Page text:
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Spacecraft nadir point: 10.4° N, 37.1° E

Photo center point: 8.8° N, 38.0° E

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Nadir to Photo Center: Southeast

Spacecraft Altitude: 181 nautical miles (335km)
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Image Caption: Dendi Caldera, Ethiopia

The Dendi Caldera is located on the Ethiopian Plateau, approximately 86 km to the southwest of Addis Ababa. A caldera is a geological feature formed by the near-total eruption of magma from beneath a volcano, leading to collapse of the volcanic structure into the now-empty magma chamber. This collapse typically leaves a crater or depression where the volcano stood, and later volcanic activity can fill the caldera with younger lavas, ash, pyroclastic rocks, and sediments. While much of the volcanic rock in the area is comprised of basalt erupted as part of the opening of the East African Rift, more silica-rich rock types (characterized by minerals such as quartz and feldspar) are also present.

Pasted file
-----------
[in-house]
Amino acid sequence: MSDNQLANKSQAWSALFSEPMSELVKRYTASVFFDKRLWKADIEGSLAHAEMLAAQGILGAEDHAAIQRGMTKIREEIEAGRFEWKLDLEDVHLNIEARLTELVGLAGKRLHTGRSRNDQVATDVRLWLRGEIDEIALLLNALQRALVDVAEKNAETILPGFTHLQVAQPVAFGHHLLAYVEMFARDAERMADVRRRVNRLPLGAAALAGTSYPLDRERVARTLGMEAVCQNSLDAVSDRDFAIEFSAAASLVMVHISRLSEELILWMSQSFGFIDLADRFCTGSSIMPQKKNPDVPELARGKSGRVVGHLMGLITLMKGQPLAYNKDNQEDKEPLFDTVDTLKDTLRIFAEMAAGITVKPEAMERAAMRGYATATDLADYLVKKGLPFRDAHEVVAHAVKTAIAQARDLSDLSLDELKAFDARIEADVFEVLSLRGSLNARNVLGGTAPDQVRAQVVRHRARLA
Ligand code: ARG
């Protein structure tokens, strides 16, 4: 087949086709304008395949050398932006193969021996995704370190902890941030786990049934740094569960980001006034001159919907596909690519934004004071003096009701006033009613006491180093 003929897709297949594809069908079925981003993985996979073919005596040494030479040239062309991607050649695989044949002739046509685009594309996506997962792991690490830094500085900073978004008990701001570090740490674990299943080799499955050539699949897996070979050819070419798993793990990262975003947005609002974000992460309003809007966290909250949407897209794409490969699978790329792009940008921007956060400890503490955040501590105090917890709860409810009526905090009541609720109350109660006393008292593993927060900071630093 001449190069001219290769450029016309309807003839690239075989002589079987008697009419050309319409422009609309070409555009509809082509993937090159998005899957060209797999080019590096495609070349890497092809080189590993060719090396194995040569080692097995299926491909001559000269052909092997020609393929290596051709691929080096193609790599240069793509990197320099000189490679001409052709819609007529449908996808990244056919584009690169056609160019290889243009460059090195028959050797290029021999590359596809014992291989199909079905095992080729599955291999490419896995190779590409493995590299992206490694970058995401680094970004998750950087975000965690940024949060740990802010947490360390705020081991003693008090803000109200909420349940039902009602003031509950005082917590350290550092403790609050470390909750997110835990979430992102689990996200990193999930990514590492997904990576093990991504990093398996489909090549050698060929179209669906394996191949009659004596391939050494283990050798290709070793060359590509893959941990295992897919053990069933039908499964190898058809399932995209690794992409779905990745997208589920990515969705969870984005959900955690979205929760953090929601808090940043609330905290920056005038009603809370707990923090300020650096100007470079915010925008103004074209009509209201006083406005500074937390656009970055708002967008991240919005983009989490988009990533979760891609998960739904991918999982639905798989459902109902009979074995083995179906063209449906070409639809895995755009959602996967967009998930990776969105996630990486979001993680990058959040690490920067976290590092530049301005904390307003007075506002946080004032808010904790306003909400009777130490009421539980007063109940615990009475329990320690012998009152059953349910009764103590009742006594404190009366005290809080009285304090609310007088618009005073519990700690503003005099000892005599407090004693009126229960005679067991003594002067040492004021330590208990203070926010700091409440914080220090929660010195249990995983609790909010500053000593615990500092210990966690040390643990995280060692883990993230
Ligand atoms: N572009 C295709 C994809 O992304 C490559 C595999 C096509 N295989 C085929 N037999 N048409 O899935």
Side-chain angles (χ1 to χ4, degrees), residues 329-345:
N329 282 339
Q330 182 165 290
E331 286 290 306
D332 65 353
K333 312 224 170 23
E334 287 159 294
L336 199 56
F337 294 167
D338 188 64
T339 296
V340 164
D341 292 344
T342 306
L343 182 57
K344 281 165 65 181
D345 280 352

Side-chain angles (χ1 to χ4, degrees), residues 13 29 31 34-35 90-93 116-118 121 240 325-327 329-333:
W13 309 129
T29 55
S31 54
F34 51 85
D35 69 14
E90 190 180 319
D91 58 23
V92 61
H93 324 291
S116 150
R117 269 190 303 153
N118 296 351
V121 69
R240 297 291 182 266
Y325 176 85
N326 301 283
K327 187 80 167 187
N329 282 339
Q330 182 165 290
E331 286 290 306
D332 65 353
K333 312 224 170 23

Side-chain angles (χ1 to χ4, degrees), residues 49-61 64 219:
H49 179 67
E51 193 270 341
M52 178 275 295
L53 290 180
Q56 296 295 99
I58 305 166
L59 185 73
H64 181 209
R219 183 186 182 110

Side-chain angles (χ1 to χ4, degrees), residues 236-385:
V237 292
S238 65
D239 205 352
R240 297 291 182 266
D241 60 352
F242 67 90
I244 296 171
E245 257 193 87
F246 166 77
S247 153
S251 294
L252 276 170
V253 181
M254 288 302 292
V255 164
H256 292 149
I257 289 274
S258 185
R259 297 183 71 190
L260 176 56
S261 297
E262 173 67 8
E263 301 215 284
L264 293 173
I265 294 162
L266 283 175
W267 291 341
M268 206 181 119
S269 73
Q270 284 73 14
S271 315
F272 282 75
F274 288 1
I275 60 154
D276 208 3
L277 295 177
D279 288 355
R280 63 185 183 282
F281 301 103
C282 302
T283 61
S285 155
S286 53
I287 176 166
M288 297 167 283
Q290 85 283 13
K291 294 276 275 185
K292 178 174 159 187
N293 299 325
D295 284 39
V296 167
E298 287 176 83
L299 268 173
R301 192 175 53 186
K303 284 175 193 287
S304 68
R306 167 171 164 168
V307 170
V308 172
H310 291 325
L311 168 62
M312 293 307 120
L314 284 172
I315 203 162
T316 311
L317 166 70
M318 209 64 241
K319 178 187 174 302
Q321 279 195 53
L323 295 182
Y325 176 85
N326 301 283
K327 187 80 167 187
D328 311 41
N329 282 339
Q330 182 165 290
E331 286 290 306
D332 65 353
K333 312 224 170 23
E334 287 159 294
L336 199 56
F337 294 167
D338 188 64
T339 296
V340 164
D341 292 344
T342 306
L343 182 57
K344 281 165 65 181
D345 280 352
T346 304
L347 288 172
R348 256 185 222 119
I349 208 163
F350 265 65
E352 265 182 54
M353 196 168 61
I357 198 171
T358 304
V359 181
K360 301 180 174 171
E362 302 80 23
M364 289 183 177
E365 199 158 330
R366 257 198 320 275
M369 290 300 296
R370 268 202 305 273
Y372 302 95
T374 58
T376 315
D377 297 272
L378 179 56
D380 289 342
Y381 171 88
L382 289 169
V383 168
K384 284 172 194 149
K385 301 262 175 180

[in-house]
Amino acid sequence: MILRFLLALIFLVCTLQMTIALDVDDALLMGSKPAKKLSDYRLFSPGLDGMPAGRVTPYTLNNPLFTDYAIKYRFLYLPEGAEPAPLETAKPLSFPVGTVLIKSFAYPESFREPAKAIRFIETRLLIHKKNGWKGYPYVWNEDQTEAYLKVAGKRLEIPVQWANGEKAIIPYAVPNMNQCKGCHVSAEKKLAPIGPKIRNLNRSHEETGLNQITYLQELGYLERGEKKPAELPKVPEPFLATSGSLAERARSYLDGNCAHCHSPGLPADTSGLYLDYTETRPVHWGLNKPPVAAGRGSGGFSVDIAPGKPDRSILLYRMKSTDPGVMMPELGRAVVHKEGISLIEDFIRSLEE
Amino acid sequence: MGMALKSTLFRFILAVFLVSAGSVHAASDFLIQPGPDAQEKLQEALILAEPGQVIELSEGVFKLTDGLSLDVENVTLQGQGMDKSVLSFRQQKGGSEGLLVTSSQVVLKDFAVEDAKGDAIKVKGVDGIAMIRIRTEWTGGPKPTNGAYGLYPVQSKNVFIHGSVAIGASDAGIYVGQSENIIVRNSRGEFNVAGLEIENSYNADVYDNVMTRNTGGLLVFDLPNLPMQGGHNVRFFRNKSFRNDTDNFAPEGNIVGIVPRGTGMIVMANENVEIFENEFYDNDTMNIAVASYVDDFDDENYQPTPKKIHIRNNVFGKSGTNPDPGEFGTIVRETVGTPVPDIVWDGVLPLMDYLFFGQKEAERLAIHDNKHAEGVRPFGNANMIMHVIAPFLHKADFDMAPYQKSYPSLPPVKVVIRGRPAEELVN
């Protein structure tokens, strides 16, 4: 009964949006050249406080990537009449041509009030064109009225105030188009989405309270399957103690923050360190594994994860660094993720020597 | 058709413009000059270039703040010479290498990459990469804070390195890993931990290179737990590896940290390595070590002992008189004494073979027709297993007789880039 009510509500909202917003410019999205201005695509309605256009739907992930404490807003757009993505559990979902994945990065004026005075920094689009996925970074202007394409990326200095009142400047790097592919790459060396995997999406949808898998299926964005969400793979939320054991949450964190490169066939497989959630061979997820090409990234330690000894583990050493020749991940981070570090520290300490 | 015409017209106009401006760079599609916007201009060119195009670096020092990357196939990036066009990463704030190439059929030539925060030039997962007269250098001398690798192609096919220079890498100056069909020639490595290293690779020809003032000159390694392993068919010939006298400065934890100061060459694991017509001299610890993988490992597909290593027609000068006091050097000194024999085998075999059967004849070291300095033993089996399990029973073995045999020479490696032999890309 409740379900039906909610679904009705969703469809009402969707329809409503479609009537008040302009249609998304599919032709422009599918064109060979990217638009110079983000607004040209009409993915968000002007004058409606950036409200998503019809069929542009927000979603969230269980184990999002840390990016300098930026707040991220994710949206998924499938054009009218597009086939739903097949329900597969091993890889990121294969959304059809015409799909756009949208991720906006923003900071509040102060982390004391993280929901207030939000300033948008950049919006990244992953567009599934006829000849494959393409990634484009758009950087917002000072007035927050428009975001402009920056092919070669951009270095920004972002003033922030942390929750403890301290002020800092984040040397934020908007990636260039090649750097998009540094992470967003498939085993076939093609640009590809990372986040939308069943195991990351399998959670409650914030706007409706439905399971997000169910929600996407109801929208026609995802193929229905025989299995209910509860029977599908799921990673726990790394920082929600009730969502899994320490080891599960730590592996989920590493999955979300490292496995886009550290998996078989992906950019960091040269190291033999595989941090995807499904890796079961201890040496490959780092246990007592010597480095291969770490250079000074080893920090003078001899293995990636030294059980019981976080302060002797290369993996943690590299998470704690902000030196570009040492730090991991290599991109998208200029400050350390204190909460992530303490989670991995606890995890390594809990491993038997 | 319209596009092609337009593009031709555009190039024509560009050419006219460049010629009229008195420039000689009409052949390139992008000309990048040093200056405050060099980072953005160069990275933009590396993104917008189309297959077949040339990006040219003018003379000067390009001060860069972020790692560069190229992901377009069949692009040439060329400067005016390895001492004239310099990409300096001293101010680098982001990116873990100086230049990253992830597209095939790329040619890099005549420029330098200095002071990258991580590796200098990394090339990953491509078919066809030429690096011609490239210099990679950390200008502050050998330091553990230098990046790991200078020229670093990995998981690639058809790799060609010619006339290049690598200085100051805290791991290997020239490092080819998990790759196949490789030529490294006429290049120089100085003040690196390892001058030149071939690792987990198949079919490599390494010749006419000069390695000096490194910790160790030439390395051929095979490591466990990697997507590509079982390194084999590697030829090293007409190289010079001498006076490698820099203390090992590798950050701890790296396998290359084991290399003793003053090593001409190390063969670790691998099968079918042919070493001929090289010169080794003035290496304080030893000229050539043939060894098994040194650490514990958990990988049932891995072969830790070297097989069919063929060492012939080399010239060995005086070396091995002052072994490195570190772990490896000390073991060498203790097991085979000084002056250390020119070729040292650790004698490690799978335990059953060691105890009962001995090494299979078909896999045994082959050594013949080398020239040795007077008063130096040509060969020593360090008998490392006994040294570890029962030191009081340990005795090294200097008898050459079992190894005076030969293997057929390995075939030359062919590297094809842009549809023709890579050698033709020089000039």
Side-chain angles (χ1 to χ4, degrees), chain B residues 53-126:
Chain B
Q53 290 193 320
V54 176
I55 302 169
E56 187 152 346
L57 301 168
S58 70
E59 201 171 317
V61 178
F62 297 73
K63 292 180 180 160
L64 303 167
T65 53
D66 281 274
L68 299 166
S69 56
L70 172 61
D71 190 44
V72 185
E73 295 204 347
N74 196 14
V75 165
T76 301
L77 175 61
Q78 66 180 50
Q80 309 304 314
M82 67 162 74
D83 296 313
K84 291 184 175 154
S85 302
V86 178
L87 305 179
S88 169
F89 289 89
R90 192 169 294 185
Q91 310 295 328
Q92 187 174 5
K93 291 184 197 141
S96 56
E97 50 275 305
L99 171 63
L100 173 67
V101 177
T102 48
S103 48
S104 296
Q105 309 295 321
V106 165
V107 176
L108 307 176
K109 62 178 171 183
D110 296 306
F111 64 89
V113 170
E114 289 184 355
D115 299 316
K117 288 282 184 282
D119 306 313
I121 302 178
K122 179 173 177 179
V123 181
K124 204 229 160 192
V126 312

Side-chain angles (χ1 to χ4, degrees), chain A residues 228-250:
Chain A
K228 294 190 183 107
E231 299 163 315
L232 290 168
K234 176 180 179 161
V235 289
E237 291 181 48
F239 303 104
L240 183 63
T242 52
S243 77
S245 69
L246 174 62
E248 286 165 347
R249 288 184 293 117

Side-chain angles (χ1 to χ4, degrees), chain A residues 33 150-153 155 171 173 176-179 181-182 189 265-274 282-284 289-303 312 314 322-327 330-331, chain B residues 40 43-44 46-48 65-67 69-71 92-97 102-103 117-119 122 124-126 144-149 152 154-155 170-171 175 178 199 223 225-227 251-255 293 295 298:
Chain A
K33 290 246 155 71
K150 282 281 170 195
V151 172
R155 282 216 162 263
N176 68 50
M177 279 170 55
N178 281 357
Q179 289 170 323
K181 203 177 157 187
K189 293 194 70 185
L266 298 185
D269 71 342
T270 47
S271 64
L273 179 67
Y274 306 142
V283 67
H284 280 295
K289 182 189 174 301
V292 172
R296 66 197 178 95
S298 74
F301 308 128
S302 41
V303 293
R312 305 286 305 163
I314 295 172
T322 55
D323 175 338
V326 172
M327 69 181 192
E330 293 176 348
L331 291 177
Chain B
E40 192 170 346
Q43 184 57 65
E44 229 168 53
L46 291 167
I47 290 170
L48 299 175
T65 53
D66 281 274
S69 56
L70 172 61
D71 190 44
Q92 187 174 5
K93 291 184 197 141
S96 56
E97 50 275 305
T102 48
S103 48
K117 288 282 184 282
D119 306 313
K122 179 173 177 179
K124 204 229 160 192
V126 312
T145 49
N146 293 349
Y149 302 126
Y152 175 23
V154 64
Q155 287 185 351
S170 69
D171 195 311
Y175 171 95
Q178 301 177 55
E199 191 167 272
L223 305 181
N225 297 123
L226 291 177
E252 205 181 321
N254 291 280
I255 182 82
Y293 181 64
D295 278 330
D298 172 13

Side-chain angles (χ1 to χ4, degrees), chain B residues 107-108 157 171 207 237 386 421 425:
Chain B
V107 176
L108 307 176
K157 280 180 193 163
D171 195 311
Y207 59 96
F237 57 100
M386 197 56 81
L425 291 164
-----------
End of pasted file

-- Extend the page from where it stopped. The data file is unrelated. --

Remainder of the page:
The approximately 4 km wide Dendi Caldera includes some of this silica-rich volcanic rock - the rim of the caldera, visible in this astronaut photograph, is comprised mainly of poorly-consolidated ash erupted during the Tertiary Period (approximately 65 - 2 million years ago).A notable feature of the Dendi Caldera is the presence of two shallow lakes formed within the central depression (image center). This image also highlights a radial drainage pattern surrounding the remnants of the Dendi volcanic cone. Such patterns typically form around volcanoes, as rainfall has equal potential to move downslope on all sides of the cone and incise channels. No historical volcanic eruptions of Dendi are recorded, however the Wonchi Caldera 13 km to the southwest (not shown) may have been active as recently as A.D. 550.